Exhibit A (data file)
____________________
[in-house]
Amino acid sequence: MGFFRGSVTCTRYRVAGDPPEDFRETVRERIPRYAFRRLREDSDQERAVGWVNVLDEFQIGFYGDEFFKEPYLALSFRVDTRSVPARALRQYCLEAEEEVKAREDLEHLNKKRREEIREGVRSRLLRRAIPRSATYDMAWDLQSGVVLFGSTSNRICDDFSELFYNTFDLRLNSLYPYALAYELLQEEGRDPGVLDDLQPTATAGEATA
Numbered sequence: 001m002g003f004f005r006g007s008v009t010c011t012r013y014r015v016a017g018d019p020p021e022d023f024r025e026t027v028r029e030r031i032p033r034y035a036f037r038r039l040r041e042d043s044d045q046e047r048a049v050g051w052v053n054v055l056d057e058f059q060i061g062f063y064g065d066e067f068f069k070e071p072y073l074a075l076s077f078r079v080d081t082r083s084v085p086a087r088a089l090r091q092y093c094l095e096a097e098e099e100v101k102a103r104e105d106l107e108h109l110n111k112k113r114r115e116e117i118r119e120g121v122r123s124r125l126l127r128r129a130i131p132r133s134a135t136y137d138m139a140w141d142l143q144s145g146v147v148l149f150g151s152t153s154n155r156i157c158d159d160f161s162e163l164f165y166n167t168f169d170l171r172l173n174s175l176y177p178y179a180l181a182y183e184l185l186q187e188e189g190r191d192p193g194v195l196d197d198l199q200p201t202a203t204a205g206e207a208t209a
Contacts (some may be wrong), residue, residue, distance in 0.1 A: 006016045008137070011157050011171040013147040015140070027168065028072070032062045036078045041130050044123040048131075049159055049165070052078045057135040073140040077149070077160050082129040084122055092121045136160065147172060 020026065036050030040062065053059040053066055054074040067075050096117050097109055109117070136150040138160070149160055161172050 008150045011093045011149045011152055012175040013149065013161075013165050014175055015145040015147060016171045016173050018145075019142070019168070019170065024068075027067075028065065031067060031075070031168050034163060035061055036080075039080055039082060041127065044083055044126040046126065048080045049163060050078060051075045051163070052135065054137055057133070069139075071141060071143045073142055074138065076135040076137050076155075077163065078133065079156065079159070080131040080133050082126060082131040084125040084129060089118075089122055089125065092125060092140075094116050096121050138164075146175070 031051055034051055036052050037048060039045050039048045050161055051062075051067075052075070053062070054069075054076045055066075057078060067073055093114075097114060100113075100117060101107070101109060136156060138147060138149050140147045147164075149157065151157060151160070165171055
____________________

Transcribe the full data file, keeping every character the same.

[in-house]
Amino acid sequence: MGFFRGSVTCTRYRVAGDPPEDFRETVRERIPRYAFRRLREDSDQERAVGWVNVLDEFQIGFYGDEFFKEPYLALSFRVDTRSVPARALRQYCLEAEEEVKAREDLEHLNKKRREEIREGVRSRLLRRAIPRSATYDMAWDLQSGVVLFGSTSNRICDDFSELFYNTFDLRLNSLYPYALAYELLQEEGRDPGVLDDLQPTATAGEATA
Numbered sequence: 001m002g003f004f005r006g007s008v009t010c011t012r013y014r015v016a017g018d019p020p021e022d023f024r025e026t027v028r029e030r031i032p033r034y035a036f037r038r039l040r041e042d043s044d045q046e047r048a049v050g051w052v053n054v055l056d057e058f059q060i061g062f063y064g065d066e067f068f069k070e071p072y073l074a075l076s077f078r079v080d081t082r083s084v085p086a087r088a089l090r091q092y093c094l095e096a097e098e099e100v101k102a103r104e105d106l107e108h109l110n111k112k113r114r115e116e117i118r119e120g121v122r123s124r125l126l127r128r129a130i131p132r133s134a135t136y137d138m139a140w141d142l143q144s145g146v147v148l149f150g151s152t153s154n155r156i157c158d159d160f161s162e163l164f165y166n167t168f169d170l171r172l173n174s175l176y177p178y179a180l181a182y183e184l185l186q187e188e189g190r191d192p193g194v195l196d197d198l199q200p201t202a203t204a205g206e207a208t209a
Contacts (some may be wrong), residue, residue, distance in 0.1 A: 006016045008137070011157050011171040013147040015140070027168065028072070032062045036078045041130050044123040048131075049159055049165070052078045057135040073140040077149070077160050082129040084122055092121045136160065147172060 020026065036050030040062065053059040053066055054074040067075050096117050097109055109117070136150040138160070149160055161172050 008150045011093045011149045011152055012175040013149065013161075013165050014175055015145040015147060016171045016173050018145075019142070019168070019170065024068075027067075028065065031067060031075070031168050034163060035061055036080075039080055039082060041127065044083055044126040046126065048080045049163060050078060051075045051163070052135065054137055057133070069139075071141060071143045073142055074138065076135040076137050076155075077163065078133065079156065079159070080131040080133050082126060082131040084125040084129060089118075089122055089125065092125060092140075094116050096121050138164075146175070 031051055034051055036052050037048060039045050039048045050161055051062075051067075052075070053062070054069075054076045055066075057078060067073055093114075097114060100113075100117060101107070101109060136156060138147060138149050140147045147164075149157065151157060151160070165171055